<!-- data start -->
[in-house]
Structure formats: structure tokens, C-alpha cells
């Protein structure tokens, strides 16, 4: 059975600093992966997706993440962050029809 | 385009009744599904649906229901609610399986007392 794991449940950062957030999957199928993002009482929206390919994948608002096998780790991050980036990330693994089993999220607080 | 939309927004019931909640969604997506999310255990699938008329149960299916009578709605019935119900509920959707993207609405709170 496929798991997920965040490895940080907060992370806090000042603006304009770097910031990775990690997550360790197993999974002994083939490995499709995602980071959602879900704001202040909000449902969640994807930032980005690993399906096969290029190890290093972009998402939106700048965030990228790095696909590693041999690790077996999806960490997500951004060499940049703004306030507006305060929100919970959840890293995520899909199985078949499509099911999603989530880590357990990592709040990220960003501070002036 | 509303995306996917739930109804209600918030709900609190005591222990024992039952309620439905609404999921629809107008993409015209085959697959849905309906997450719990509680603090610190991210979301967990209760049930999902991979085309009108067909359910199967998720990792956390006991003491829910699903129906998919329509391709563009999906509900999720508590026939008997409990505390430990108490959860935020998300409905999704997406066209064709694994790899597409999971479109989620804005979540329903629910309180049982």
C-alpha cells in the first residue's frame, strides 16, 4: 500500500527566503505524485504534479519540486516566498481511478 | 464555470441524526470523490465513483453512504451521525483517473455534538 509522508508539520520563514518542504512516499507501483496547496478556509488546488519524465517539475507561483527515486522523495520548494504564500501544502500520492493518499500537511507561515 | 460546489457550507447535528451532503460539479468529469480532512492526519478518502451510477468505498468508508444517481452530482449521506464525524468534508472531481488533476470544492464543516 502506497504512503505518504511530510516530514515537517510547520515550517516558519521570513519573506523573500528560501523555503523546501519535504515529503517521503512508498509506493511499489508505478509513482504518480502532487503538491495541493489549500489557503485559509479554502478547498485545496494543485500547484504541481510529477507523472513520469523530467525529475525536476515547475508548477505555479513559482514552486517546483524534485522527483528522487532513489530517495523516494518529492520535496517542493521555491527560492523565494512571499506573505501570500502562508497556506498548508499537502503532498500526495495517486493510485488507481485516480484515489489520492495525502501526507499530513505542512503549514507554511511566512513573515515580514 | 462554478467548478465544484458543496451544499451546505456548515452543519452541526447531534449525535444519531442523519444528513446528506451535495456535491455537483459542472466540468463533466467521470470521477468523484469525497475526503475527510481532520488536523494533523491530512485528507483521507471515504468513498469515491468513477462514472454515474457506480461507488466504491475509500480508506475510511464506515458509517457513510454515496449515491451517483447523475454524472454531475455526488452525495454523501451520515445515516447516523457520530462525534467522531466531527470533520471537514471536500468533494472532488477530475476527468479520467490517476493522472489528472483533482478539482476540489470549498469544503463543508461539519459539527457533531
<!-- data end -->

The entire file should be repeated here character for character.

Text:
[in-house]
Structure formats: structure tokens, C-alpha cells
């Protein structure tokens, strides 16, 4: 059975600093992966997706993440962050029809 | 385009009744599904649906229901609610399986007392 794991449940950062957030999957199928993002009482929206390919994948608002096998780790991050980036990330693994089993999220607080 | 939309927004019931909640969604997506999310255990699938008329149960299916009578709605019935119900509920959707993207609405709170 496929798991997920965040490895940080907060992370806090000042603006304009770097910031990775990690997550360790197993999974002994083939490995499709995602980071959602879900704001202040909000449902969640994807930032980005690993399906096969290029190890290093972009998402939106700048965030990228790095696909590693041999690790077996999806960490997500951004060499940049703004306030507006305060929100919970959840890293995520899909199985078949499509099911999603989530880590357990990592709040990220960003501070002036 | 509303995306996917739930109804209600918030709900609190005591222990024992039952309620439905609404999921629809107008993409015209085959697959849905309906997450719990509680603090610190991210979301967990209760049930999902991979085309009108067909359910199967998720990792956390006991003491829910699903129906998919329509391709563009999906509900999720508590026939008997409990505390430990108490959860935020998300409905999704997406066209064709694994790899597409999971479109989620804005979540329903629910309180049982």
C-alpha cells in the first residue's frame, strides 16, 4: 500500500527566503505524485504534479519540486516566498481511478 | 464555470441524526470523490465513483453512504451521525483517473455534538 509522508508539520520563514518542504512516499507501483496547496478556509488546488519524465517539475507561483527515486522523495520548494504564500501544502500520492493518499500537511507561515 | 460546489457550507447535528451532503460539479468529469480532512492526519478518502451510477468505498468508508444517481452530482449521506464525524468534508472531481488533476470544492464543516 502506497504512503505518504511530510516530514515537517510547520515550517516558519521570513519573506523573500528560501523555503523546501519535504515529503517521503512508498509506493511499489508505478509513482504518480502532487503538491495541493489549500489557503485559509479554502478547498485545496494543485500547484504541481510529477507523472513520469523530467525529475525536476515547475508548477505555479513559482514552486517546483524534485522527483528522487532513489530517495523516494518529492520535496517542493521555491527560492523565494512571499506573505501570500502562508497556506498548508499537502503532498500526495495517486493510485488507481485516480484515489489520492495525502501526507499530513505542512503549514507554511511566512513573515515580514 | 462554478467548478465544484458543496451544499451546505456548515452543519452541526447531534449525535444519531442523519444528513446528506451535495456535491455537483459542472466540468463533466467521470470521477468523484469525497475526503475527510481532520488536523494533523491530512485528507483521507471515504468513498469515491468513477462514472454515474457506480461507488466504491475509500480508506475510511464506515458509517457513510454515496449515491451517483447523475454524472454531475455526488452525495454523501451520515445515516447516523457520530462525534467522531466531527470533520471537514471536500468533494472532488477530475476527468479520467490517476493522472489528472483533482478539482476540489470549498469544503463543508461539519459539527457533531